|Published Online: April 20, 2016||$US5.00|
This content analysis study examined seventeen sport-related journals, along with their over 4,200 manuscripts and found 112 (2.67%) manuscripts on doping and sport over the fifteen-year time period under examination. In the context of performance enhancing doping and sport being “a threat to the integrity of sport” (Hemphill 2009, 313), this level of research is disappointing. It is encouraging, however, that the level of research on the topic has been on the rise over the past eight years. The examination was guided by RQ-1 on sport management contributions and the current status of sport and doping was identified within the literature based on multi-dimensional aspects extending from the methodological approaches used, theories, level of analysis, and key themes within the manuscripts. Additionally, the examination was guided by RQ-2 on what the literature contributes to guiding the future of sport and revealed recommended next steps and the research gaps. The findings concerning the reality of doping in sport are perplexing. There is a lack of knowledge concerning the level of doping within sport, an athletes’ quandary, inconsistencies in the application of the anti-doping campaign, and multiple opinions on doping as a legal or illegal entity in sport, along with approaching genetic doping options. This study hopes to be a catalyst to encourage faculty and students to examine the past research; to advance conceptual and empirical research agendas on the topic; to host debates on the issues; to generate potential future directions; and to establish a guided future for doping in sport. What limitations should there be in sport for the multiple doping options as we move forward?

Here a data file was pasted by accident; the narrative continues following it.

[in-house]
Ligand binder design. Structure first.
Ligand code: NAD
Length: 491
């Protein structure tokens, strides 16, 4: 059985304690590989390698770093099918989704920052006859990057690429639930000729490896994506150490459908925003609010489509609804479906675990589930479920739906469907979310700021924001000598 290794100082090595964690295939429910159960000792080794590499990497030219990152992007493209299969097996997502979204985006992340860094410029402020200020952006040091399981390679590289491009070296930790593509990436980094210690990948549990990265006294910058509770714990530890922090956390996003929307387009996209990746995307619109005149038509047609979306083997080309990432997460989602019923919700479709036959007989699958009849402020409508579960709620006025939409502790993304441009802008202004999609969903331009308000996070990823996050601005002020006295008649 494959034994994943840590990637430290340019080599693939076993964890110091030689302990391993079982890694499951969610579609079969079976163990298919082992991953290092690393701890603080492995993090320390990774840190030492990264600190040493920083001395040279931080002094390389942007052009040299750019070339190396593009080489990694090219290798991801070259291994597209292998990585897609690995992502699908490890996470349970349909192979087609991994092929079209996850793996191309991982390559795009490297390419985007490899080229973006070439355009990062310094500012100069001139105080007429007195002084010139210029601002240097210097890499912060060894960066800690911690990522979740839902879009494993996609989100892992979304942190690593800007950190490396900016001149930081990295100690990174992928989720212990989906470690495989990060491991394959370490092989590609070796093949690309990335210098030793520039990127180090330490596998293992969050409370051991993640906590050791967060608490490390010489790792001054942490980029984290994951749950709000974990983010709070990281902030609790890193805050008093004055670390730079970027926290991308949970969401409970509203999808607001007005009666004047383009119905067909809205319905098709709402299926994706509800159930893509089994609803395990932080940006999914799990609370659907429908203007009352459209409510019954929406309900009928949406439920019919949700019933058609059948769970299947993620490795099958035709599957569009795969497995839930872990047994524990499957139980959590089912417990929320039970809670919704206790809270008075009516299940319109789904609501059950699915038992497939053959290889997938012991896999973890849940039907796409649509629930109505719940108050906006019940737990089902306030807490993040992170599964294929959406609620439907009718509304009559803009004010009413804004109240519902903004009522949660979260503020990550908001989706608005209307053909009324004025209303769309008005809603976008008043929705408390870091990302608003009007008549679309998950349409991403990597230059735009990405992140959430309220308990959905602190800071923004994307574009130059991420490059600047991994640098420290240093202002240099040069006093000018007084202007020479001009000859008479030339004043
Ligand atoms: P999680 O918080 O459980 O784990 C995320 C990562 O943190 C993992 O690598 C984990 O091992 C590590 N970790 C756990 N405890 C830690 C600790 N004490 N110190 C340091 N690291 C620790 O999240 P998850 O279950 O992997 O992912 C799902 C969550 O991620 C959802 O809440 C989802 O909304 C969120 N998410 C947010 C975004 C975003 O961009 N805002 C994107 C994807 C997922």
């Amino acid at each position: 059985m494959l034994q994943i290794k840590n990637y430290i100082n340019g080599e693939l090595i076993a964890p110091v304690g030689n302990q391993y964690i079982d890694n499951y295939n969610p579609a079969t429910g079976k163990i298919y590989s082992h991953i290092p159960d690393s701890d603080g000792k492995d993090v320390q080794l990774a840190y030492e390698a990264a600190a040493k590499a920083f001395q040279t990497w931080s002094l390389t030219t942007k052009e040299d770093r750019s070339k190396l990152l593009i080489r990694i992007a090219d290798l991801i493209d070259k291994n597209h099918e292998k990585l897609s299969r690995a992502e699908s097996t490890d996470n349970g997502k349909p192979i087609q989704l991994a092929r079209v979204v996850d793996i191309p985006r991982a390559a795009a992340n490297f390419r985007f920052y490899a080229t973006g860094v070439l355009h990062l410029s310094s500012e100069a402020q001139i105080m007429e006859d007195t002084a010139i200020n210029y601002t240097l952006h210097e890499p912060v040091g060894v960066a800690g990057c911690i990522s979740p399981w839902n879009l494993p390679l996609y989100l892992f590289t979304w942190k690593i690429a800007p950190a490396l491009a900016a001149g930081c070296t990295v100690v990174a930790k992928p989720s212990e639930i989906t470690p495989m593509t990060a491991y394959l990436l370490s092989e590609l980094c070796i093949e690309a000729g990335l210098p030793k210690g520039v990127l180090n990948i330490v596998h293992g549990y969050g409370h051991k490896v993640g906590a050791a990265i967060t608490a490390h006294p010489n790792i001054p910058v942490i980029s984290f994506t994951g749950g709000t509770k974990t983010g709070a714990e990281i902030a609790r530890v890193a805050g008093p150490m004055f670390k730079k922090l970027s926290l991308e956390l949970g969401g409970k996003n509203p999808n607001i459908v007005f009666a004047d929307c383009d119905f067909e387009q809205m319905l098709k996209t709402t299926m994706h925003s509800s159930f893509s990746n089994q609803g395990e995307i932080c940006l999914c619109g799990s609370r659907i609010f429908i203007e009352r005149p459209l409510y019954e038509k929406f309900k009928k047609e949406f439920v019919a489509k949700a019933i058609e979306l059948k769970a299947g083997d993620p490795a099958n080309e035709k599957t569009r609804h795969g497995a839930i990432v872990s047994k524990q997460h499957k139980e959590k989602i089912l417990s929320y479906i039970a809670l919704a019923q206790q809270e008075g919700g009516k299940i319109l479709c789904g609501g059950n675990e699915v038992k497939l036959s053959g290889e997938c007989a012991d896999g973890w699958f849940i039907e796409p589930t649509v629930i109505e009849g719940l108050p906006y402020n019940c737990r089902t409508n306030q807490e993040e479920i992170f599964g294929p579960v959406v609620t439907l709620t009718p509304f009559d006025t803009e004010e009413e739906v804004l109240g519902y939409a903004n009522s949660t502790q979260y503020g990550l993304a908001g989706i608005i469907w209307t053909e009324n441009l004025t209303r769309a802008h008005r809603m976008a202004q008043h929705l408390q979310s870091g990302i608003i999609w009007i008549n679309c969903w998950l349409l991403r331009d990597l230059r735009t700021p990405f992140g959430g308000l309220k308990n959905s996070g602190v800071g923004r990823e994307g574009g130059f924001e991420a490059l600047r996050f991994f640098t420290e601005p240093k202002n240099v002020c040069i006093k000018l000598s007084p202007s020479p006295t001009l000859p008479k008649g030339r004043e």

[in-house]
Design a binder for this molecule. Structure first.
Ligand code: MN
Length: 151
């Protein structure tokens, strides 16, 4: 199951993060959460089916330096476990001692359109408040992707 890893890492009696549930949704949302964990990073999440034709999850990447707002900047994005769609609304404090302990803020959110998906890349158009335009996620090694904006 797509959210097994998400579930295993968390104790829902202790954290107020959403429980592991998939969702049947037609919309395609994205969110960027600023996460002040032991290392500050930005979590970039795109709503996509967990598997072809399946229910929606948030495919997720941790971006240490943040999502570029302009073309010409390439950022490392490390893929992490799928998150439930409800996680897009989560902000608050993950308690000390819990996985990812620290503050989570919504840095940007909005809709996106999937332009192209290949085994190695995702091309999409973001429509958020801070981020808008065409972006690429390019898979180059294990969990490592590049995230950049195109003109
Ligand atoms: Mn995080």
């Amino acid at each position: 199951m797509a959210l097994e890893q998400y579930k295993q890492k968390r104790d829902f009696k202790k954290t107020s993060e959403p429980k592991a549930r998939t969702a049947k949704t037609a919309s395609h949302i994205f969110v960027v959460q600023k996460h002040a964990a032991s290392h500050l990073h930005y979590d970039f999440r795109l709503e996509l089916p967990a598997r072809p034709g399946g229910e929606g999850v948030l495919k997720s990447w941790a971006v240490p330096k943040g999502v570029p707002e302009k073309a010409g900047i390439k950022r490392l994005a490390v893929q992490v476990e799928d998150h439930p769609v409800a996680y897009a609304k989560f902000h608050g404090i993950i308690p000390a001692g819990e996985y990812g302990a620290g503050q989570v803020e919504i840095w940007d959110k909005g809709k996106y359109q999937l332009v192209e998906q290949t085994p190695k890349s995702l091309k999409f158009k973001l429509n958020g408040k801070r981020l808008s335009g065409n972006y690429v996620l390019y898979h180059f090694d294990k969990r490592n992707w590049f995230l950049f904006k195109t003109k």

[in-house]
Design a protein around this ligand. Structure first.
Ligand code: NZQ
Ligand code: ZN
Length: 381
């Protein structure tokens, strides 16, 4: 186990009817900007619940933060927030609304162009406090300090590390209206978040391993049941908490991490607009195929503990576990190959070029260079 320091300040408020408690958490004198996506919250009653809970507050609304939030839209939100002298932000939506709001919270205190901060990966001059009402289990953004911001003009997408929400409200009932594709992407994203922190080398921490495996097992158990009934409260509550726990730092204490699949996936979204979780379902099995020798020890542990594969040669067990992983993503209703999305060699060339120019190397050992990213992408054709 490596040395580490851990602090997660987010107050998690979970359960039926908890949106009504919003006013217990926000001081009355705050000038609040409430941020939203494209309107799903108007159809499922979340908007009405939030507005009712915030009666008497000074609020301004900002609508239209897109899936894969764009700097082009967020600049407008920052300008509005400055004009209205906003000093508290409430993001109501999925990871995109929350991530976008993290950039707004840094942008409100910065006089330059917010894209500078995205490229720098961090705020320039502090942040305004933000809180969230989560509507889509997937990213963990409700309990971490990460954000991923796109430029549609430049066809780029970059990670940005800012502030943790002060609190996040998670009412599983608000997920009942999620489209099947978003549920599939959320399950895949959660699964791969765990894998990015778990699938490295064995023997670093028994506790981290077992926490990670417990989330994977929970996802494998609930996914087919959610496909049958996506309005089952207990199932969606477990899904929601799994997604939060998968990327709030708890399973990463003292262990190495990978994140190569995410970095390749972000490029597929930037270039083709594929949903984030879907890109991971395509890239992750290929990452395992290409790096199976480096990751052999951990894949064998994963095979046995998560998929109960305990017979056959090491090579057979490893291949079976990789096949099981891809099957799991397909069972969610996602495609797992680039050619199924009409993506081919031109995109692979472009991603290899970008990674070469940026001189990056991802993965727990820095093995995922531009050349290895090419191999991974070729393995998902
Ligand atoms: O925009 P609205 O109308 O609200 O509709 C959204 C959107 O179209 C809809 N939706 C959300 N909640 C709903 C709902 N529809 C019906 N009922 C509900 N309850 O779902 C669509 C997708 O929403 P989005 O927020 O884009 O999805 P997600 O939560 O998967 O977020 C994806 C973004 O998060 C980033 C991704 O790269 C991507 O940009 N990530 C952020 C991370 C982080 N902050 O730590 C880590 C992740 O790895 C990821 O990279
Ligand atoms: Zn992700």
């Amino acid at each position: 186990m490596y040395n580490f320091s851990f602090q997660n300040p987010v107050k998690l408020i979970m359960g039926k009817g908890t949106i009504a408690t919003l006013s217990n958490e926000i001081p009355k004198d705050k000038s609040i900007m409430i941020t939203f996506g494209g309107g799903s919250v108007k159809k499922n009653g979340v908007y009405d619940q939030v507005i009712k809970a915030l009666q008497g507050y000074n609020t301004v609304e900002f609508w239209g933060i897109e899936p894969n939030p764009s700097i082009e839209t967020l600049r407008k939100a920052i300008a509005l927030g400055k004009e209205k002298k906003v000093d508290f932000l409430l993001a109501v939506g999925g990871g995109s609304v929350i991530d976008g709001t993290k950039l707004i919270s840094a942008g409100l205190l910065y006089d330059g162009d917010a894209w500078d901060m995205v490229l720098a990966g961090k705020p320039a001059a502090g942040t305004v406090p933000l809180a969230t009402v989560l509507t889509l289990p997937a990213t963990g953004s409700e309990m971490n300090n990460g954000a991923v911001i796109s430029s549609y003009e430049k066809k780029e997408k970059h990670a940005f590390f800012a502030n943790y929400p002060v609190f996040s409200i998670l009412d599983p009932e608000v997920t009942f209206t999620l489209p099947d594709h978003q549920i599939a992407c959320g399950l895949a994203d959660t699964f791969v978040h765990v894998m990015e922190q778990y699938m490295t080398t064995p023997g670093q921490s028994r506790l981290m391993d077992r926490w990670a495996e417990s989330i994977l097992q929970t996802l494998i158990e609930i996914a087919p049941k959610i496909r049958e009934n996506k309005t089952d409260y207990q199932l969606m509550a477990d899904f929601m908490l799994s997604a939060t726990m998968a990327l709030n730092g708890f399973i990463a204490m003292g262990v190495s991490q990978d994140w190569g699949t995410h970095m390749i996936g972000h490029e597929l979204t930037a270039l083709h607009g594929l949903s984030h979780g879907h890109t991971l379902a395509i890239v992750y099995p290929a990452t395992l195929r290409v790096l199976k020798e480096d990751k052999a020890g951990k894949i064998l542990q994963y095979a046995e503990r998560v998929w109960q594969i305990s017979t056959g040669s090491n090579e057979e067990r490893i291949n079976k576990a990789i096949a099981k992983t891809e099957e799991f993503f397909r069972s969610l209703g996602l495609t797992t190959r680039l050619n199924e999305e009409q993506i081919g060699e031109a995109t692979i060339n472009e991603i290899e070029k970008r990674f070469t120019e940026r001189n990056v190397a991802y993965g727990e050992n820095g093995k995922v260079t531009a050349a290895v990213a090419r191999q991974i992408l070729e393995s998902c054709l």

|Keywords:||Performance Enhancement Doping, Blood Doping, Genetic Doping, Sport|
Associate Professor, Department of Sport, Brock University, St. Catharines, Ontario, Canada